If it be not simple and a natural thing to say, “Enviest thou for my sake?
Would God that all the Lord’s people were prophets,” then I know
nothing of Calvary love.

If in the fellowship of service I seek to attach a friend to myself, so that
others are feel unwanted; if my friendships do not draw
others deeper in, but are ungenerous (to myself, for myself), then I
know nothing of Calvary love.

If I slip into the place that can be filled by Christ alone, making myself
the first necessity to a soul instead of leading it to fasten upon Him,
then I know nothing of Calvary love.

If my interest in the work of others is cool; if I think in terms of my
own special work; if the burdens of others are not my burdens too, and
their joys mine, then I know nothing of Calvary love.

If I wonder why something trying is allowed, and press for prayer that
it may be removed; if I cannot be trusted with any disappointment, and
cannot go on in peace under any mystery, then I know nothing of
Calvary love.

If the ultimate, the hardest, cannot be asked of me; if my fellows
hesitate to ask it and turn to someone else, then I know nothing of
Calvary love.

If I covet any place on earth but the dust at the foot of the Cross, then I
know nothing of Calvary love.

THAT WHICH I KNOW NOT, TEACH THOU ME, O LORD, MY GOD.

For the love of Christ controls us, because we have concluded this: that one has died for all, therefore all have died;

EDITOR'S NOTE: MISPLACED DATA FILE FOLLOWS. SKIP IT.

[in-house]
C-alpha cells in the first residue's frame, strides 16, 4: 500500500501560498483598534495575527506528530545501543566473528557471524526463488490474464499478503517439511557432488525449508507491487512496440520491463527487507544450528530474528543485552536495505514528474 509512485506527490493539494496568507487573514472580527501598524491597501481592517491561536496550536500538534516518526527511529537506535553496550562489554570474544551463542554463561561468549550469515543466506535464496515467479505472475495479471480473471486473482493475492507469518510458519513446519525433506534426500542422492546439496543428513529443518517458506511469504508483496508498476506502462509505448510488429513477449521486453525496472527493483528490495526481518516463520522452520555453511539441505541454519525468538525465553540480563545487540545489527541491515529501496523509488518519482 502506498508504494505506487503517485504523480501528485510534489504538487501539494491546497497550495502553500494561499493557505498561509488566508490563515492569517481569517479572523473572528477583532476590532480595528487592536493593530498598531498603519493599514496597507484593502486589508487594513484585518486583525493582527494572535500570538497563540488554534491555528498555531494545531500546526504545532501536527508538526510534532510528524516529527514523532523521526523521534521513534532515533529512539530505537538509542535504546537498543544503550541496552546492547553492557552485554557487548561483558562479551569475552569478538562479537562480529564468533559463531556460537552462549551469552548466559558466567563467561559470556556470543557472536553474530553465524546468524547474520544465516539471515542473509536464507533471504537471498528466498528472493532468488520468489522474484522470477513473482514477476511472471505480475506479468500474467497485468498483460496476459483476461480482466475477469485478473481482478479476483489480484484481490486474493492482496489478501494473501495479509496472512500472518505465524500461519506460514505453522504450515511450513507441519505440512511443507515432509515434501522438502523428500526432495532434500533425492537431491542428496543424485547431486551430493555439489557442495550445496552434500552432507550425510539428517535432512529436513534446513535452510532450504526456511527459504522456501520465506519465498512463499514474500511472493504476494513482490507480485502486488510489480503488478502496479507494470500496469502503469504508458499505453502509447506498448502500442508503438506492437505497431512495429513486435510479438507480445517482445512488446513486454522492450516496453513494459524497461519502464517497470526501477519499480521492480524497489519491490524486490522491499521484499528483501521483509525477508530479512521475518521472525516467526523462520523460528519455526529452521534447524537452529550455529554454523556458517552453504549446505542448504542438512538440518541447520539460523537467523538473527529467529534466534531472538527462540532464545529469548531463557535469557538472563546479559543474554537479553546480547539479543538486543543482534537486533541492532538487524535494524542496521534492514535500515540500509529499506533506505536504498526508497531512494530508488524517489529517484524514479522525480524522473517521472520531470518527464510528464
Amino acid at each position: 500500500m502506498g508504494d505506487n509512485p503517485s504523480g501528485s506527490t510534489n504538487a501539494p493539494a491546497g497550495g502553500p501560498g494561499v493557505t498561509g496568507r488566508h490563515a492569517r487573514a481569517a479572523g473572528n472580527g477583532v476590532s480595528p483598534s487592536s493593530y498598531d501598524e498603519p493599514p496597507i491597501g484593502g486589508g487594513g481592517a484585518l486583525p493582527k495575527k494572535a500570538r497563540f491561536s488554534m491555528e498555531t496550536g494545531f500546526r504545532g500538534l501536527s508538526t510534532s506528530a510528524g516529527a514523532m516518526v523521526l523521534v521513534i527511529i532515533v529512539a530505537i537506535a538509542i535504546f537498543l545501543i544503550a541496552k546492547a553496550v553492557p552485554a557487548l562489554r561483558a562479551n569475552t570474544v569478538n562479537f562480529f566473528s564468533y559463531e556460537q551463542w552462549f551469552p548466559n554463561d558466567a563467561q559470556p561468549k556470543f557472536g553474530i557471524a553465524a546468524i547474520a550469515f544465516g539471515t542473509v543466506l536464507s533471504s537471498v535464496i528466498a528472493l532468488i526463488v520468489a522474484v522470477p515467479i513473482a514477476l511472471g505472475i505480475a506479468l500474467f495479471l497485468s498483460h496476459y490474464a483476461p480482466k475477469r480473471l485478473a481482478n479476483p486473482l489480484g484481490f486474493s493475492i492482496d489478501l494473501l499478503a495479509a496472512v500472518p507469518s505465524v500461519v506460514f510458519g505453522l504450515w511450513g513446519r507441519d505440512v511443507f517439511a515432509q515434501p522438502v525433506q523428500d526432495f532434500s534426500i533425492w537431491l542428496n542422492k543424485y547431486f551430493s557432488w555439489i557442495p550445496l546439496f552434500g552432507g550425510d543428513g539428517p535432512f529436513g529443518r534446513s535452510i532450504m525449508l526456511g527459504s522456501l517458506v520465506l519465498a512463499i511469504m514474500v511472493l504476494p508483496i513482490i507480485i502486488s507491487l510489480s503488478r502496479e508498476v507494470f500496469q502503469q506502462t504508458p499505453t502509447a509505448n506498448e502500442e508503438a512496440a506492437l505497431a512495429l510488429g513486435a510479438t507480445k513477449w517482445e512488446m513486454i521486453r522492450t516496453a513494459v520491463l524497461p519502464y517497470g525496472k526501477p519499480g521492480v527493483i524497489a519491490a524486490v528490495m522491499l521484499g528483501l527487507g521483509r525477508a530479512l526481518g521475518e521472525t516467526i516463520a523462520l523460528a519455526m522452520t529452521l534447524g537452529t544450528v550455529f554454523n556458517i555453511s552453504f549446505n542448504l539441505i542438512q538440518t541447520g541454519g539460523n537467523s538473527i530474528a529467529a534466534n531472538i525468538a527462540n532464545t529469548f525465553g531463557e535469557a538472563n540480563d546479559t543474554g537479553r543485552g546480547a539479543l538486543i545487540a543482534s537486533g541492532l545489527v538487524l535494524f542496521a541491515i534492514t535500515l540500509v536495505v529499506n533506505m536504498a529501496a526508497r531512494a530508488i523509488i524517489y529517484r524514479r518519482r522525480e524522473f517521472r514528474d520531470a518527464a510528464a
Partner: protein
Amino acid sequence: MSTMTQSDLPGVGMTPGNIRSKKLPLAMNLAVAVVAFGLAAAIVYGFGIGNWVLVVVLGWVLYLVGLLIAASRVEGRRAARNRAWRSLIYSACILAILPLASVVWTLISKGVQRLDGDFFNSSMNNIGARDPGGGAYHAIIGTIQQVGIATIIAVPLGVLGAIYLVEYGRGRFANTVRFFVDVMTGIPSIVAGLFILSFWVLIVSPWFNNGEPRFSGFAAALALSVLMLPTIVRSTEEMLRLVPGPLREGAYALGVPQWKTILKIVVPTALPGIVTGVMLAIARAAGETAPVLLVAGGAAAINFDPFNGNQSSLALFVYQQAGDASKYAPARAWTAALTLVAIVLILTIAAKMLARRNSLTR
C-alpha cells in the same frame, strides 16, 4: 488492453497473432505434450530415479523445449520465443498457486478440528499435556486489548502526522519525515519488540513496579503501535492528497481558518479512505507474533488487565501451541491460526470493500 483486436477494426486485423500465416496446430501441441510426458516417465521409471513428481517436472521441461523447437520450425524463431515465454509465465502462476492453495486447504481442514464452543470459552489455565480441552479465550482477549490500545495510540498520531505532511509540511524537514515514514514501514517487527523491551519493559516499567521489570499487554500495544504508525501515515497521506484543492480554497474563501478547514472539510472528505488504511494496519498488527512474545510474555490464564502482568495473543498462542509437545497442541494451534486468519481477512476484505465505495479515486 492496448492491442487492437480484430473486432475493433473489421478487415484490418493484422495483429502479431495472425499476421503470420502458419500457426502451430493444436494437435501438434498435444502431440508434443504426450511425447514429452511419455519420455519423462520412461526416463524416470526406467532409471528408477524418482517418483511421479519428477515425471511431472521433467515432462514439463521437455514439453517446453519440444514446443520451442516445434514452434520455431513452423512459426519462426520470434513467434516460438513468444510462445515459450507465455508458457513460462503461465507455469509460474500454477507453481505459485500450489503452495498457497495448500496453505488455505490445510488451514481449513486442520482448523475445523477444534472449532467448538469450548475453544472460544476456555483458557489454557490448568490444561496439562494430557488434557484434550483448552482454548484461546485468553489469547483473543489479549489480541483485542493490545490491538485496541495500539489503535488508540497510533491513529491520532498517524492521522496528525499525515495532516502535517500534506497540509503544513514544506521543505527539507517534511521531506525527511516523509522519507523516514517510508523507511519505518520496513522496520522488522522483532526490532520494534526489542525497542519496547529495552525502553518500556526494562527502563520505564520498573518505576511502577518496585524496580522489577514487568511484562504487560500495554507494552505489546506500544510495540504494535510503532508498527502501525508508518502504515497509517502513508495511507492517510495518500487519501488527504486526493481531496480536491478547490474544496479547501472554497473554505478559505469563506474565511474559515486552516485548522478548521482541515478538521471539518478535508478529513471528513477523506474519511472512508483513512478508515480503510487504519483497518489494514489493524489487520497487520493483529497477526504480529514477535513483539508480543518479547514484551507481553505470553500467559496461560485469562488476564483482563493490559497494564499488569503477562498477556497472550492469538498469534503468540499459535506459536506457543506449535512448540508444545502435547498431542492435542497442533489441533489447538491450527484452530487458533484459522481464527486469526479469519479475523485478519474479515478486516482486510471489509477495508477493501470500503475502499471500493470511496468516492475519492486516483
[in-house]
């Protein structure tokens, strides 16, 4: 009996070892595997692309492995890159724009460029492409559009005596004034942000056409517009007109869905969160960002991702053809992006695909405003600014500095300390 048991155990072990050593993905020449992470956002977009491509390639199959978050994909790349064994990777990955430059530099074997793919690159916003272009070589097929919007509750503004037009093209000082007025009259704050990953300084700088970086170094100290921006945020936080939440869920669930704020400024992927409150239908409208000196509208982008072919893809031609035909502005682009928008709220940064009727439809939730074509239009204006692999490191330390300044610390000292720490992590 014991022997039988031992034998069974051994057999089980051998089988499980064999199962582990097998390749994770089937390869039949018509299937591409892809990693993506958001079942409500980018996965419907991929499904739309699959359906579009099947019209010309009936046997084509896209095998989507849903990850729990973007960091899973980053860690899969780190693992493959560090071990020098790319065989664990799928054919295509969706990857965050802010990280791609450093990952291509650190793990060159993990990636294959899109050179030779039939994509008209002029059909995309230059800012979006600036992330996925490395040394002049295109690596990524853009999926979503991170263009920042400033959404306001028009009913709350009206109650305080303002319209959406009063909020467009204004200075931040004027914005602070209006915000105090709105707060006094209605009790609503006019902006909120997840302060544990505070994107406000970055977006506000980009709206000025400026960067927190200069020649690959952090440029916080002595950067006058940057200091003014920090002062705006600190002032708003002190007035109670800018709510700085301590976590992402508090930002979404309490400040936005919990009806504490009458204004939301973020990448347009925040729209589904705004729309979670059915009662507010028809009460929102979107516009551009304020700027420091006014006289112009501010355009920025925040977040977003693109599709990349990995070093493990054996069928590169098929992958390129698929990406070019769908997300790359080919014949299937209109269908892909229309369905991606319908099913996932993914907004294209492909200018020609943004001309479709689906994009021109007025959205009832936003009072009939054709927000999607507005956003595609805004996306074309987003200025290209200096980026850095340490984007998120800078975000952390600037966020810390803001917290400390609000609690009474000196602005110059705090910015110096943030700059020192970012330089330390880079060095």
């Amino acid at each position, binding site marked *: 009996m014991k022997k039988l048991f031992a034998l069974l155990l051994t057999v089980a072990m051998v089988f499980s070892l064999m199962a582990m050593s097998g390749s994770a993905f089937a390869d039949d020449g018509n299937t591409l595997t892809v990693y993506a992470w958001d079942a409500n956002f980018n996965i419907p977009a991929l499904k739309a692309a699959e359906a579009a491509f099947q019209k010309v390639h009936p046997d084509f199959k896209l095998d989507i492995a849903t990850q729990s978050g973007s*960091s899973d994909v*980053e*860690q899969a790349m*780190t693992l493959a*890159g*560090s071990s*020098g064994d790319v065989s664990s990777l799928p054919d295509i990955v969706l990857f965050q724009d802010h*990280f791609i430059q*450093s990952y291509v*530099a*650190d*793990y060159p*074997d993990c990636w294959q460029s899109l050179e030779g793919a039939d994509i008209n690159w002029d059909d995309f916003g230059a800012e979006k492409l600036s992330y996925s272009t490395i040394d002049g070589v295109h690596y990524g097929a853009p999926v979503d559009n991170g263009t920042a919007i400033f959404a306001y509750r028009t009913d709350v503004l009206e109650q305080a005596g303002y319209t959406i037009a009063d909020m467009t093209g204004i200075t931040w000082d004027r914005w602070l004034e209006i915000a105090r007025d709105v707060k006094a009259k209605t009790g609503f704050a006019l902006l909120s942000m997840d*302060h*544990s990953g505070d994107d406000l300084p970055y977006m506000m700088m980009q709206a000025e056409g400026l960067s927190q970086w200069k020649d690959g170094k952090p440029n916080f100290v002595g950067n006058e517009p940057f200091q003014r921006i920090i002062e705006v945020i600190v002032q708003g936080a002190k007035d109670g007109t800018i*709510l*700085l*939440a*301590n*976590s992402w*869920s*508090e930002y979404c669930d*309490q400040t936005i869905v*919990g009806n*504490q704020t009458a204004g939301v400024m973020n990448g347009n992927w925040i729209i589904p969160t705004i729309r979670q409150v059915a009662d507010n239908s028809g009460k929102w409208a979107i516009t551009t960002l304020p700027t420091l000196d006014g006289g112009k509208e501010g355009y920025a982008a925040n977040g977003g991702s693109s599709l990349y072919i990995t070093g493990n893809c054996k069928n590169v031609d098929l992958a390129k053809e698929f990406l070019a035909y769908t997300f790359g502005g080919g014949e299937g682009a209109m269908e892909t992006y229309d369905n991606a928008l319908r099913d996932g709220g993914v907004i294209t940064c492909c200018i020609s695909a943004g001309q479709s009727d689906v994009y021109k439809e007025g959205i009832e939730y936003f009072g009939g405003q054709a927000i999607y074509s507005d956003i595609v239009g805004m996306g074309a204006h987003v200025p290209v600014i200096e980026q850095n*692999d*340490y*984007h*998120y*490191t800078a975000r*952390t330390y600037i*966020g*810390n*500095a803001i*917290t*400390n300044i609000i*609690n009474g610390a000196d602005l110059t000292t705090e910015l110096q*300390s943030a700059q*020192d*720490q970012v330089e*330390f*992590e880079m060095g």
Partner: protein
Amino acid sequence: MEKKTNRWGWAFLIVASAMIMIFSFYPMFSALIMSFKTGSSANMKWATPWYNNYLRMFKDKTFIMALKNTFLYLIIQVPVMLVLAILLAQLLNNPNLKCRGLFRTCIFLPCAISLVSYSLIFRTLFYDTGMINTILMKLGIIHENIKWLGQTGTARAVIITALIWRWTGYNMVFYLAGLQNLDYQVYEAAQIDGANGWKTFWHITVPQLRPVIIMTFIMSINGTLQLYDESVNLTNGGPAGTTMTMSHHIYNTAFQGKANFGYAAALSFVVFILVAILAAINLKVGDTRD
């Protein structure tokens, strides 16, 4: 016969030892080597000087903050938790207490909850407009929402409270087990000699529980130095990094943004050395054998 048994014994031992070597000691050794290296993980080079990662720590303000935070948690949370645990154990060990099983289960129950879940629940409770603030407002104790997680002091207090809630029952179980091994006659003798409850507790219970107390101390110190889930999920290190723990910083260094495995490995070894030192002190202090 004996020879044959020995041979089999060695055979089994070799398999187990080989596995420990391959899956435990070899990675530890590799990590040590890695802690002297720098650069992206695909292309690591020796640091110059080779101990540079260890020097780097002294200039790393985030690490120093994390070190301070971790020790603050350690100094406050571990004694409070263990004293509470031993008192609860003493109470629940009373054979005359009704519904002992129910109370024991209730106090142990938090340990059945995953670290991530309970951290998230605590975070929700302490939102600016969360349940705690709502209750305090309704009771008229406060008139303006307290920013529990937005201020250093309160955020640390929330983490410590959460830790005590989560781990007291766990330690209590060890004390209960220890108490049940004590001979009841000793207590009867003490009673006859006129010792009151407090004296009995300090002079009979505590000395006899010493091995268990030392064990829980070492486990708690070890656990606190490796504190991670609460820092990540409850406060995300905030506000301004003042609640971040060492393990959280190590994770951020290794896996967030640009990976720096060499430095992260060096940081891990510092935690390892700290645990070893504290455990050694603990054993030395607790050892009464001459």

And He died for all, that those who live should no longer live for themselves, but for Him who died for them and was raised again.…

2 Corinthians 5:14-15

Rough Day? Rest on the Pillow of Providence

Child sleep on pillow of providence

We hit a new low. We’ve had bad weeks in our house before, but this week’s behavior borders on criminal. Still, there’s a reason this blog is called JoyfullyPressingOn. My times are in his hands; every jaw-dropping event in his providence.

To protect the guilty one I love, I won’t share details. But trust me, if I told you, your jaw would drop too. You’d ask, “What are doing about that?”

So why do I disclose this much?

Because I know that some of you are facing tough stuff too—that kind that keeps you tossing and turning at night. Please don’t hear me this as a brag on me, because I’m boasting in the grace of God: I slept like a baby last night.

Because I’ve got a stellar pillow.

When It’s Hard To Sleep

Be gracious to me, O LORD, for I am in distress; my eye is wasted from grief; my soul and my body also. Psalm 31:9

The events of the week could have made it hard to sleep. And they’re just the tip of the iceberg.

What happened this week marks not months but years of prayers answered with Not yet, if not No. That answer, this waiting, these events could make it hard for a mom to sleep.

At least, without the right pillow.

But too many nights tossing and turning on too-soft and too-firm foreign pillows have taught me. When I travel, I take my pillow. The extra space it takes to bring my just-right pillow is well worth it.

That pillow helps me sleep in all sorts of strange beds and new places.

Providence Is A Soft Pillow

I will both lie down in peace, and sleep; For You alone, O LORD, make me dwell in safety. Psalm 4:8

But when I put my head on that pillow and catastrophic, hopeless thoughts still swirl, I need another pillow. Because uncertainty should not be the occasion of panic. Alistair Begg says, The only thing you can put your head on is the providence of God. Then you go to sleep.

Providence is a soft pillow for anxious heads.

Quoted by C.H. Spurgeon